CBDV Cannabidivarin

What is CBDV?

Cannabidivarin (CBDV) is a non-psychoactive cannabinoid that will not cause the euphoric feeling of being “high.” It is found more prevalently in indica strains, specifically landrace indica strains, and strains that are lower in tetrahydrocannabinol (THC).

Like CBD, CBDV significantly reduces the frequency and severity of seizures. It also reduces or even eliminates nausea associated with several conditions, and helps to reduce inflammation throughout the body. CBDV is also beneficial in the treatment of pain and mood disorders. Effects & Benefits

Research has shown that CBDV is effective in the treatment of a variety of symptoms and conditions. Examples of conditions for which CBDV is particularly effective in providing symptom relief are listed below:

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Cannabidivarin, also known as cannabidivarol or CBDV, is a non-psychoactive cannabinoid found within Medical Cannabis. It is one of over 100 cannabinoids identified from the Cannabis plant that can modulate the physiological activity of cannabis, or marijuana [3]. Compared to its homolog, Cannabidiol, CBDV is shortened by two methyl (CH2) groups on its side chain. Notably, both Cannabidiol and CBDV have demonstrated anticonvulsant activity in animal and human models and are demonstrating promising clinical trial results [2456]. Other cannabinoids with some evidence of anti-epileptic activity include Tetrahydrocannabivarin (THCV) and Δ9-tetrahydrocannabinolic acid.

While the primary components of cannabis, CBD and THC, have been shown to modulate many of their physiological effects through their binding to the cannabinoid-1 (CB1R) and cannabinoid-2 (CB2R) receptors, the investigational cannabinoids with anticonvulsant action mostly use mechanisms that do not involve these two endocannabinoid receptors.

The anti-epileptic activity of CBD and CBDV is thought to be modulated by their effects on transient receptor potential cation channel subfamily V member 1 (TRPV1), also known as the capsaicin receptor, which is a member of a large family of ion channels that are involved in the onset and progression of several types of epilepsy. CBD and CBDV have been shown to dose-dependently activate and then desensitize TRPV1 as well as TRPV2 and TRPA1 channels [478]. Desensitization of these ion channels is a potential mechanism by which these molecules cause a reduction of neuronal hyperexcitability that contributes to epileptic activity and seizures.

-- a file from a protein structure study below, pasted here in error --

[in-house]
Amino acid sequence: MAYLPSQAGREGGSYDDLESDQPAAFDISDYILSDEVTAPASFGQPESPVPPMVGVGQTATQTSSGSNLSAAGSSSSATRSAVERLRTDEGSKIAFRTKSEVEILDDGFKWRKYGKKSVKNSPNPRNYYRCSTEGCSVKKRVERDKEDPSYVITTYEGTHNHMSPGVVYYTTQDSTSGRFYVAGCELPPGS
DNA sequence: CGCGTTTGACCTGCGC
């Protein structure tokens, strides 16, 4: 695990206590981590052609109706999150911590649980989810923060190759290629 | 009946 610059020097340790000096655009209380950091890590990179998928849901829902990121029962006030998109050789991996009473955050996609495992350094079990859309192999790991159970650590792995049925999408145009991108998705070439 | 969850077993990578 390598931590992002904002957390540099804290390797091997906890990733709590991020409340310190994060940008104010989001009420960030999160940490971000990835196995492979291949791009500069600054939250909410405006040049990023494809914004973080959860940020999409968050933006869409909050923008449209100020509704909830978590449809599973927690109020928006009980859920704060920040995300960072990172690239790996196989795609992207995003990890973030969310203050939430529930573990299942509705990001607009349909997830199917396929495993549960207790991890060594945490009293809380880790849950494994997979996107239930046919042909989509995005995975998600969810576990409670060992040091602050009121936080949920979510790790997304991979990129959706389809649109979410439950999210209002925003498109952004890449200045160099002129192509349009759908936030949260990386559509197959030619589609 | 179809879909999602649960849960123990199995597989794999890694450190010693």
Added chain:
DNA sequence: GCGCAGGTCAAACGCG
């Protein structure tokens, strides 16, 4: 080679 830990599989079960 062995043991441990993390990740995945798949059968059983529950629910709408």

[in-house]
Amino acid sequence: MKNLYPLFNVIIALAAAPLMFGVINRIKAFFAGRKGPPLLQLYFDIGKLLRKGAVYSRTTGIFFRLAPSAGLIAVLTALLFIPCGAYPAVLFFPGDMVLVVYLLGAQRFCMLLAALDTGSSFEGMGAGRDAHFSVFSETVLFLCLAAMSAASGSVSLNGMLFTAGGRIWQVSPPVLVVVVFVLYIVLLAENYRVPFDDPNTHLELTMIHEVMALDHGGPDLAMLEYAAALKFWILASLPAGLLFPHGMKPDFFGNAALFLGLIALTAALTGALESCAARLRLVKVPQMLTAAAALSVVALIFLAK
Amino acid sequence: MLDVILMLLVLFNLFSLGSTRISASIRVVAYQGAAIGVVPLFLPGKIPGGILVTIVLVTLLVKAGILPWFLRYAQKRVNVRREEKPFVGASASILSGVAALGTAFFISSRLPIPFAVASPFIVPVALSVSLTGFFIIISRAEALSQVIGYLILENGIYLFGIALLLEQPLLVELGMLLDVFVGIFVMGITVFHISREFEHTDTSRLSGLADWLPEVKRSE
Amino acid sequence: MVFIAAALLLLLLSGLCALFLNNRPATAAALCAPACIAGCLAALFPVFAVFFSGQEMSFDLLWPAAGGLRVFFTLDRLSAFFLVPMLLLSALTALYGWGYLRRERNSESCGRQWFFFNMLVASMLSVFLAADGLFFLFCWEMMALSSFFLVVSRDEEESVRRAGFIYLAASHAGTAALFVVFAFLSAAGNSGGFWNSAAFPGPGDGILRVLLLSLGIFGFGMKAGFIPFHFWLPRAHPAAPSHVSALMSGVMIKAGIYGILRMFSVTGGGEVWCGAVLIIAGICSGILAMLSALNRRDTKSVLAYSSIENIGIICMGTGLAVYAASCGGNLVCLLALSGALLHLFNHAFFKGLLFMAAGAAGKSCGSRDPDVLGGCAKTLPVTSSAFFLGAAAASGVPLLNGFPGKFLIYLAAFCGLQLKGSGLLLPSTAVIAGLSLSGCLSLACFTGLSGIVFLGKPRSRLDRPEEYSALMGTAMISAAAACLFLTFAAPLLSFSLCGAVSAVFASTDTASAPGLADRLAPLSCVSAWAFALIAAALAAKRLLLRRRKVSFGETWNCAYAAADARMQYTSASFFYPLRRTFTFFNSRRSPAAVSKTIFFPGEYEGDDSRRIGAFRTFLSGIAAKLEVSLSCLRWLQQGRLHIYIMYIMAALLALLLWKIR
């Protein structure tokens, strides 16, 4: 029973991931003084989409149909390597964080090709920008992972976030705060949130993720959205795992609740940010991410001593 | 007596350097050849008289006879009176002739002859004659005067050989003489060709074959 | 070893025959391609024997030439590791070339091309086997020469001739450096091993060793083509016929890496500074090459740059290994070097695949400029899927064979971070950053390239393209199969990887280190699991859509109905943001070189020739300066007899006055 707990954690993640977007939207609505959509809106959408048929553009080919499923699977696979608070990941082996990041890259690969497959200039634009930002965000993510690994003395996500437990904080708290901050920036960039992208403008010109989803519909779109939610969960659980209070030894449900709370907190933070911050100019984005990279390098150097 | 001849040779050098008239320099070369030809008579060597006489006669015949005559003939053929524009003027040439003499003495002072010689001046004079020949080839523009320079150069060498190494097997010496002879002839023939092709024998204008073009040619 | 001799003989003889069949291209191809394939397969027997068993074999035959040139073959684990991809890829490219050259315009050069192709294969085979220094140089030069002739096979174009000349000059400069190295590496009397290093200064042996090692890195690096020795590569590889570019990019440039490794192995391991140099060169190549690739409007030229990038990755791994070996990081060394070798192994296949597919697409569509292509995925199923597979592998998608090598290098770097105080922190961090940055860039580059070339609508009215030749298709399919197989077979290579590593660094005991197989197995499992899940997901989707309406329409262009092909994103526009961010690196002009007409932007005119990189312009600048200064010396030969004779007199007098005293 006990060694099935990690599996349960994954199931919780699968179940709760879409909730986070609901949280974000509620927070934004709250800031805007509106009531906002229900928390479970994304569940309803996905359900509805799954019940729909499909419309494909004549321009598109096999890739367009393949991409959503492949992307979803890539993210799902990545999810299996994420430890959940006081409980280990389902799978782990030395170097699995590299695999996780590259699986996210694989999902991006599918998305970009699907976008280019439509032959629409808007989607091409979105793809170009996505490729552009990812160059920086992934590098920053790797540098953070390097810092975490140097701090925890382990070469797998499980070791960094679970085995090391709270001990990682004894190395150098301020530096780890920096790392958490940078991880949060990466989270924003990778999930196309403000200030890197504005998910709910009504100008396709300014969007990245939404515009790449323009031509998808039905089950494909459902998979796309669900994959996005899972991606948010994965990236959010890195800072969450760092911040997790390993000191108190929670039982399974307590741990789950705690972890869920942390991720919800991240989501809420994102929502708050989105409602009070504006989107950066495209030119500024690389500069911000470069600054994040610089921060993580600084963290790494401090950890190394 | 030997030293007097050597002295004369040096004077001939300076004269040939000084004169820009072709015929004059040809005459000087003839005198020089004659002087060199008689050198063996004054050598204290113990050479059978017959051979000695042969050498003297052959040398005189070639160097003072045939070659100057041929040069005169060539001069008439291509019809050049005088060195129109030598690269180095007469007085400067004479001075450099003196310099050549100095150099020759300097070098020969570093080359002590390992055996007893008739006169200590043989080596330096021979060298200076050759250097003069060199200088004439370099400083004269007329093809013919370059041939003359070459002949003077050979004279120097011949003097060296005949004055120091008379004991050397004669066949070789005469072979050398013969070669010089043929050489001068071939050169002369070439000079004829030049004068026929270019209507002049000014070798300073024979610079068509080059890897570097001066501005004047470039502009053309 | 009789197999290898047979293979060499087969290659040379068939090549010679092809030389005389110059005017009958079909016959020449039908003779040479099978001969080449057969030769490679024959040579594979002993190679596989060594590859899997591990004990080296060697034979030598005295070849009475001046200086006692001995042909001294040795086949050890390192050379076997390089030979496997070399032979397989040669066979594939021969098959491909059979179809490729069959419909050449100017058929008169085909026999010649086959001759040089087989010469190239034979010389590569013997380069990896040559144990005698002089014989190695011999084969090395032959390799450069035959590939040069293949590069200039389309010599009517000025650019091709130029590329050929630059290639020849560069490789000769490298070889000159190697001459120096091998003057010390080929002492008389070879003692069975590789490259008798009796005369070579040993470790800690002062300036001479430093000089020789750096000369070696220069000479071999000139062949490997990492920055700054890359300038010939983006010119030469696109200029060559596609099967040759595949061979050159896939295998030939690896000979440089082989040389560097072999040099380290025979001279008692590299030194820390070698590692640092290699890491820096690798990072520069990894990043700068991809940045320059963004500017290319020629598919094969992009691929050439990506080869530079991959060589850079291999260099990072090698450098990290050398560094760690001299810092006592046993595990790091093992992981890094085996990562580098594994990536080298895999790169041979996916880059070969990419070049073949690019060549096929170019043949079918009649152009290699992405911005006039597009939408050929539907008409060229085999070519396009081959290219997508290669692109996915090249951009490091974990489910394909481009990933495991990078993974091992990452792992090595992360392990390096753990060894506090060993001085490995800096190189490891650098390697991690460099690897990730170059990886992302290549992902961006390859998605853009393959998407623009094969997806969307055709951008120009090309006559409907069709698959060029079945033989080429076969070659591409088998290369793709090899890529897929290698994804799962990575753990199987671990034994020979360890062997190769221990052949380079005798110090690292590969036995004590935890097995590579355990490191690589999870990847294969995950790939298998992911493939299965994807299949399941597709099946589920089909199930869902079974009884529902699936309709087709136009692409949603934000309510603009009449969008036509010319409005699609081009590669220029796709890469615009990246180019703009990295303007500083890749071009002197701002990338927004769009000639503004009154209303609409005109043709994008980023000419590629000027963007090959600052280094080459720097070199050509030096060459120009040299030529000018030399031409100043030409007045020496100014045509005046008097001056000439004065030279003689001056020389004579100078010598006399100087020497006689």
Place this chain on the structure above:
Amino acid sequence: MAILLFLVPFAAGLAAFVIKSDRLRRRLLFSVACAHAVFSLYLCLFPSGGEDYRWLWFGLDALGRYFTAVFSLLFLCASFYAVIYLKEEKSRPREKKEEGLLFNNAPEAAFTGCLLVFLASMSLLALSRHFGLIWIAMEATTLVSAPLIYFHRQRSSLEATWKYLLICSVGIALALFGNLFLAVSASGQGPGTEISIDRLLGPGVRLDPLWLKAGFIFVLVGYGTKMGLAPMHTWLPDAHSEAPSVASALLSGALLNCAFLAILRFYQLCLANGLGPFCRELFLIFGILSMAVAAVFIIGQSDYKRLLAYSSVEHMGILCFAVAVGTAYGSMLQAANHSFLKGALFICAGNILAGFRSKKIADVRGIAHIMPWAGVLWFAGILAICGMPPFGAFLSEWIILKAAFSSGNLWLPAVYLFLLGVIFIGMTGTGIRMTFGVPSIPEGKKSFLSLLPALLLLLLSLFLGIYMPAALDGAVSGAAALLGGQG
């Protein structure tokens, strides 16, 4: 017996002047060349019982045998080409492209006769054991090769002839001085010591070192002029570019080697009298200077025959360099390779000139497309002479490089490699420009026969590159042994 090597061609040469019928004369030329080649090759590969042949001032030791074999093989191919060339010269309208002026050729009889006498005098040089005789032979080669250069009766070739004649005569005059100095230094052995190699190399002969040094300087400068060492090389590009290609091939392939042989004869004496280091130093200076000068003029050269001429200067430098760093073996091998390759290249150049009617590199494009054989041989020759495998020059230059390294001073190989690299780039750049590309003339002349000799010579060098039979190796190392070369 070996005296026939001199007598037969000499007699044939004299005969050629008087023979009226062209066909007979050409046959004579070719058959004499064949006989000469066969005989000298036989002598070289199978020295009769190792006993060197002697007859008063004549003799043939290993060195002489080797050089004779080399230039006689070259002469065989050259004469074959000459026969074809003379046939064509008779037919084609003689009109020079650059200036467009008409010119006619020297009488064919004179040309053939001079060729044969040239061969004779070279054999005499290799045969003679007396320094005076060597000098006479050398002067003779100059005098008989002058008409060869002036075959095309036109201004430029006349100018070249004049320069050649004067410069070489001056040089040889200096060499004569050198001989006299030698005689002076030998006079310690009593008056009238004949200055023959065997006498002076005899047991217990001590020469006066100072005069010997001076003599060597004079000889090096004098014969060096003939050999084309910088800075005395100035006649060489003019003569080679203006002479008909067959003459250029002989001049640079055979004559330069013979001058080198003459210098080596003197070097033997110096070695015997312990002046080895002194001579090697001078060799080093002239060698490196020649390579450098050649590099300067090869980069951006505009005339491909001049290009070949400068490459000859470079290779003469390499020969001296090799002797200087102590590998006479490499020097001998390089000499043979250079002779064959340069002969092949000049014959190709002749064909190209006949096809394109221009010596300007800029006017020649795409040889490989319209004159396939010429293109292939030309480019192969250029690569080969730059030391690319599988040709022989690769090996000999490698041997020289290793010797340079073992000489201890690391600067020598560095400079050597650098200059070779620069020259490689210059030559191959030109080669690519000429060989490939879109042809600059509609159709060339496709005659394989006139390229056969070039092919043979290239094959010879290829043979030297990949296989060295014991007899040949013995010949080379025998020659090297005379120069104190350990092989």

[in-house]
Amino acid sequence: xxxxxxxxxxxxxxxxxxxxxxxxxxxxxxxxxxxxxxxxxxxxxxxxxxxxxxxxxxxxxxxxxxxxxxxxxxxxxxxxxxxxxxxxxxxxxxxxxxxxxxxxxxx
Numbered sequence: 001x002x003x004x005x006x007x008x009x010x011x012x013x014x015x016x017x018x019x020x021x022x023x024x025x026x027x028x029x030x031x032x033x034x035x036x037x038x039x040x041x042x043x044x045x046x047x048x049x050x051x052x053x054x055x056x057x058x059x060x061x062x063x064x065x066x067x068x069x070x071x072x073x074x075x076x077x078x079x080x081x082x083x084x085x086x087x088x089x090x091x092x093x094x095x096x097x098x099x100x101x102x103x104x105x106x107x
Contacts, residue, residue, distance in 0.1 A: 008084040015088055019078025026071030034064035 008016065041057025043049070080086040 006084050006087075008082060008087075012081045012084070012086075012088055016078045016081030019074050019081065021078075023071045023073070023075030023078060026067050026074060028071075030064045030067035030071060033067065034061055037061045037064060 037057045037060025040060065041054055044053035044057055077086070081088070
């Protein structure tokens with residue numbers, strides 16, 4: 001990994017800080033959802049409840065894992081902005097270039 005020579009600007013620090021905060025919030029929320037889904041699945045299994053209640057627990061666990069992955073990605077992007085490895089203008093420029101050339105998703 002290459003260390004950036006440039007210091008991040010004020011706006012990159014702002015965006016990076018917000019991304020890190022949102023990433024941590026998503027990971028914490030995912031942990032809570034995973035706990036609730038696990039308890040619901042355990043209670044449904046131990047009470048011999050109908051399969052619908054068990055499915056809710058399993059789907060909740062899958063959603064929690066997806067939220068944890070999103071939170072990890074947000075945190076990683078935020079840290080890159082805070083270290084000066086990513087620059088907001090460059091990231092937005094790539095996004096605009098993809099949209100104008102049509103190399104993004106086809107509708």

CBDV has also been shown to inhibit the activity of diacylglycerol (DAG) lipase-α, the primary enzyme responsible for the synthesis of the endocannabinoid, 2-arachidonoylglycerol (2-AG) [110]. The clinical implications of this are unclear however, as this interaction has not been shown to affect CBDV's anticonvulsant activity.

Cannabidivarin is being actively developed by GW Pharmaceuticals as the experimental compound GWP42006 as it has "shown the ability to treat seizures in pre-clinical models of epilepsy with significantly fewer side effects than currently approved anti-epileptic drugs" [13]. Unfortunately, as of February 2018, GW Pharmaceuticals announced that their Phase 2a placebo-controlled study of CBDV for focal seizure did not reach its primary endpoints. They will continue to study its use in epilepsy, however, and are expanding their investigations to include its potential use in Autism Spectrum Disorder, Rett syndrome and Fragile X among others [12].

In October 2017 CBDV was given orphan designation by the European Medicines Agency for use in Rett Syndrome [15] and again in February 2018 for treatment of Fragile X Syndrome [14].

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